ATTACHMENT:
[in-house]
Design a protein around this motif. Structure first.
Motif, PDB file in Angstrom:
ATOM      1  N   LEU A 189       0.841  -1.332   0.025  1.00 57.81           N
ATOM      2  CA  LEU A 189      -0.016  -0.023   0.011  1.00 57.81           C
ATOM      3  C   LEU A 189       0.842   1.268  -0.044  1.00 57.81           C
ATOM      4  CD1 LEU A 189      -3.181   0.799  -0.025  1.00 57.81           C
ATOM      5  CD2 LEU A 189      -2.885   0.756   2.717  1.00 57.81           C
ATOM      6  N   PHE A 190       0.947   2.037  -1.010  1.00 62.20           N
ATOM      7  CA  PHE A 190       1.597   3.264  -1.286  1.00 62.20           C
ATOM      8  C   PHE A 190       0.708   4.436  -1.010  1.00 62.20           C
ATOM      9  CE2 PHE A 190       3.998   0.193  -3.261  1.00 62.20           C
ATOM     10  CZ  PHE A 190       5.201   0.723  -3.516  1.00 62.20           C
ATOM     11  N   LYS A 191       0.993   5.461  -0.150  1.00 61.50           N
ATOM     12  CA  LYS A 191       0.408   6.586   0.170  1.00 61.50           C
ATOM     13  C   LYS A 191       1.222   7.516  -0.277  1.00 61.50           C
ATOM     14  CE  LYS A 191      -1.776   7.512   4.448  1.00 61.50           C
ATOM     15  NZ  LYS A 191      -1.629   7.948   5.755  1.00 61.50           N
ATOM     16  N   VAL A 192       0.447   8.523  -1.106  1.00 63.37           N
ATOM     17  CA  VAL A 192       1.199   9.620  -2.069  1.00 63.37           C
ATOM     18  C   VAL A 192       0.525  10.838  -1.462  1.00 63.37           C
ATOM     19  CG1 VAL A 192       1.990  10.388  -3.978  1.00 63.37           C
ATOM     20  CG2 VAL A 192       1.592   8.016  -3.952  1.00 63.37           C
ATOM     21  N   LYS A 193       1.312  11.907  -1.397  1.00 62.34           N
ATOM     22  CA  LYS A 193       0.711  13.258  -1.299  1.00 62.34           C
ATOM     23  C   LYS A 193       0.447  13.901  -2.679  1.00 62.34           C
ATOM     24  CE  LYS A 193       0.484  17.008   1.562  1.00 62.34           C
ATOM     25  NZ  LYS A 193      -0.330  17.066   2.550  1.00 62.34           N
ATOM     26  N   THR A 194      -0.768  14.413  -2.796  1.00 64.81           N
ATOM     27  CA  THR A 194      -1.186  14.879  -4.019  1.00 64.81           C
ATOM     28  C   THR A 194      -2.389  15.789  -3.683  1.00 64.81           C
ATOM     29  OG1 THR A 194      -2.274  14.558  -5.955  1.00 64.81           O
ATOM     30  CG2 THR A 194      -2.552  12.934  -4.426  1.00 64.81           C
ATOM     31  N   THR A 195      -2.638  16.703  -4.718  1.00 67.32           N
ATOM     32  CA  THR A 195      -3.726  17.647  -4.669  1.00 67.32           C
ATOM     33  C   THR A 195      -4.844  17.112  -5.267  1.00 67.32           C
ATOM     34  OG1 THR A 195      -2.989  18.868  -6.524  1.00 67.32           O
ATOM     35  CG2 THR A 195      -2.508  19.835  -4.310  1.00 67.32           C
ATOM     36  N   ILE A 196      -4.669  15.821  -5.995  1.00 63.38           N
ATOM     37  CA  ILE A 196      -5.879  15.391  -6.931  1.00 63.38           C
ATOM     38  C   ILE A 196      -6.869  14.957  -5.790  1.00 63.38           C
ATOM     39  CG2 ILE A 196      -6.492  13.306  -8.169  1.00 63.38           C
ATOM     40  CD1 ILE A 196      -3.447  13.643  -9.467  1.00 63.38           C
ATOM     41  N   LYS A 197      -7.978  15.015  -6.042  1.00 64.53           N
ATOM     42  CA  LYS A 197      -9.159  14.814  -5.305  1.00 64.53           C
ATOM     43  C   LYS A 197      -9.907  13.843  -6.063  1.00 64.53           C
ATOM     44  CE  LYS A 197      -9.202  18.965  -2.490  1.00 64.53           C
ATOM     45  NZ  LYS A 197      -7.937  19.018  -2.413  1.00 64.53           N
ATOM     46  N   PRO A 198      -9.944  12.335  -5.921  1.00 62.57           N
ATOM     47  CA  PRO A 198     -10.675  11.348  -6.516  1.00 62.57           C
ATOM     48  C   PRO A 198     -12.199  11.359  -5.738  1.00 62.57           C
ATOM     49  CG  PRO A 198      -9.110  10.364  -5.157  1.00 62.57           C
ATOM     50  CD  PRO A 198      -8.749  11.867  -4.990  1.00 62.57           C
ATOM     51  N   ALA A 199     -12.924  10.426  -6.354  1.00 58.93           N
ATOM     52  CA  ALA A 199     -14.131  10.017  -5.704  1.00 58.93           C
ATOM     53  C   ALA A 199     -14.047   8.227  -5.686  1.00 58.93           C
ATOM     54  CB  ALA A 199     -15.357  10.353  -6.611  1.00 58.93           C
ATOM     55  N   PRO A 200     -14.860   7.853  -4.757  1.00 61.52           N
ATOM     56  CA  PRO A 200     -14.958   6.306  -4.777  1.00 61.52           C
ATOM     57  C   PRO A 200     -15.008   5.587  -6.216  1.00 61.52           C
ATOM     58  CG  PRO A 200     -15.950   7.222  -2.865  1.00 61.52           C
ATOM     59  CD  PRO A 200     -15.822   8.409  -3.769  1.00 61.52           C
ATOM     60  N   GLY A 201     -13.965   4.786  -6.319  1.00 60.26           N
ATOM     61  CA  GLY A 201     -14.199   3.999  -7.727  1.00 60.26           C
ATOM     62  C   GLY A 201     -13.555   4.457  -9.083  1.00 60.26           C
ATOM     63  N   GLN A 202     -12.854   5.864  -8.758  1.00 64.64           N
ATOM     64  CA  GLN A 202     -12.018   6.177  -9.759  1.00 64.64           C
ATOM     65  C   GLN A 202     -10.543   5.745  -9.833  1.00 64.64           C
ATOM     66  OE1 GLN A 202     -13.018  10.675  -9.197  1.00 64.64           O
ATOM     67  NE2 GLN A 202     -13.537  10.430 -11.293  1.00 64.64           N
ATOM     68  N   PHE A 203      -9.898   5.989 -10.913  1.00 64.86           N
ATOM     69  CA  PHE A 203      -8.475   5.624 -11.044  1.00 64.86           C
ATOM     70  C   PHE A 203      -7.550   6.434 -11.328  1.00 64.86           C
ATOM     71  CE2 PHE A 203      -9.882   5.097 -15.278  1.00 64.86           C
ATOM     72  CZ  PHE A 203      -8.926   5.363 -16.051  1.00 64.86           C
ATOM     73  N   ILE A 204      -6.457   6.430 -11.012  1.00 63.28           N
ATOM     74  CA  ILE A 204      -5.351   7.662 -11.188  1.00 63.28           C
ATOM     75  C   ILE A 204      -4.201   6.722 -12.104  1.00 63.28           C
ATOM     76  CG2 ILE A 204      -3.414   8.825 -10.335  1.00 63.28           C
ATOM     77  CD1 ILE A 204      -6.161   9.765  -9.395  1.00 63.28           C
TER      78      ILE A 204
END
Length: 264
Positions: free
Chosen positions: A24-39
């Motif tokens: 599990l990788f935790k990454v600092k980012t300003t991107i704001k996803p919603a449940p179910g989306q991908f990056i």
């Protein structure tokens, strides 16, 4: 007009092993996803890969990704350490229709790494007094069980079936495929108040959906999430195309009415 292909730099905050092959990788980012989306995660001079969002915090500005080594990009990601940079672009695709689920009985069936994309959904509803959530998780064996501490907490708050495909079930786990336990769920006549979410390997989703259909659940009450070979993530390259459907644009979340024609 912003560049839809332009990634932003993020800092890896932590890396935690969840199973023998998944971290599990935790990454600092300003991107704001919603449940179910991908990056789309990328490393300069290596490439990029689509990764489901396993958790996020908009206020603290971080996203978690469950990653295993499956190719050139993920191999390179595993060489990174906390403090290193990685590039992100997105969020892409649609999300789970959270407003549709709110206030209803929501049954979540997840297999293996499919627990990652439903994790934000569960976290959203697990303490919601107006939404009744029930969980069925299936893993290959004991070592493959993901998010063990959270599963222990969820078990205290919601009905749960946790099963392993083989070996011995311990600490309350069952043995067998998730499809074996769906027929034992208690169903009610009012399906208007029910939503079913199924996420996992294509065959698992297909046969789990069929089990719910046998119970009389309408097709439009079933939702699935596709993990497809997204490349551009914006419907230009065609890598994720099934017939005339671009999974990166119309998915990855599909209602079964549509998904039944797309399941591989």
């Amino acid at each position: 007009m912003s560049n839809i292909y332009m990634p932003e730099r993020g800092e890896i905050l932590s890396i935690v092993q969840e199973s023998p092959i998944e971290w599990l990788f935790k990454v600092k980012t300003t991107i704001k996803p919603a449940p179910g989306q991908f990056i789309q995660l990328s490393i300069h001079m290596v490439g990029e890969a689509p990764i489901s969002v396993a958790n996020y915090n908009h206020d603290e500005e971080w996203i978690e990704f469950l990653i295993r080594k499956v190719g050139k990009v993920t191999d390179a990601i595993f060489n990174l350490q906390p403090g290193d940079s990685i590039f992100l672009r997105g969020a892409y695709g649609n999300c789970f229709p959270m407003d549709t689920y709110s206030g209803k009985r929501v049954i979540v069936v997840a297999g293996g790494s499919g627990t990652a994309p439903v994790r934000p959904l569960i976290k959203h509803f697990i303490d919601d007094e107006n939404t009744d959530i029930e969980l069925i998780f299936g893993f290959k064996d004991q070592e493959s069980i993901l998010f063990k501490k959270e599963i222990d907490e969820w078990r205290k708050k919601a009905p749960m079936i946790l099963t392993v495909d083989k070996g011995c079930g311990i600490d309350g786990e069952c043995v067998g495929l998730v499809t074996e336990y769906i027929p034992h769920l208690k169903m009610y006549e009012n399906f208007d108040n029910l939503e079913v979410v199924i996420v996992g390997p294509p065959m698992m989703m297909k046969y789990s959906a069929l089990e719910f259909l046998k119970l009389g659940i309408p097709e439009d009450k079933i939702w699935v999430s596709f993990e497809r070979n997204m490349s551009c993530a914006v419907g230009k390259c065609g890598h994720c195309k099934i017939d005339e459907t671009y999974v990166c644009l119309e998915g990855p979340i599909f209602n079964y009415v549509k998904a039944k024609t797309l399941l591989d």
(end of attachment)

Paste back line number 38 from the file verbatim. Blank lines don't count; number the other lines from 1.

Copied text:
ATOM     35  CG2 THR A 195      -2.508  19.835  -4.310  1.00 67.32           C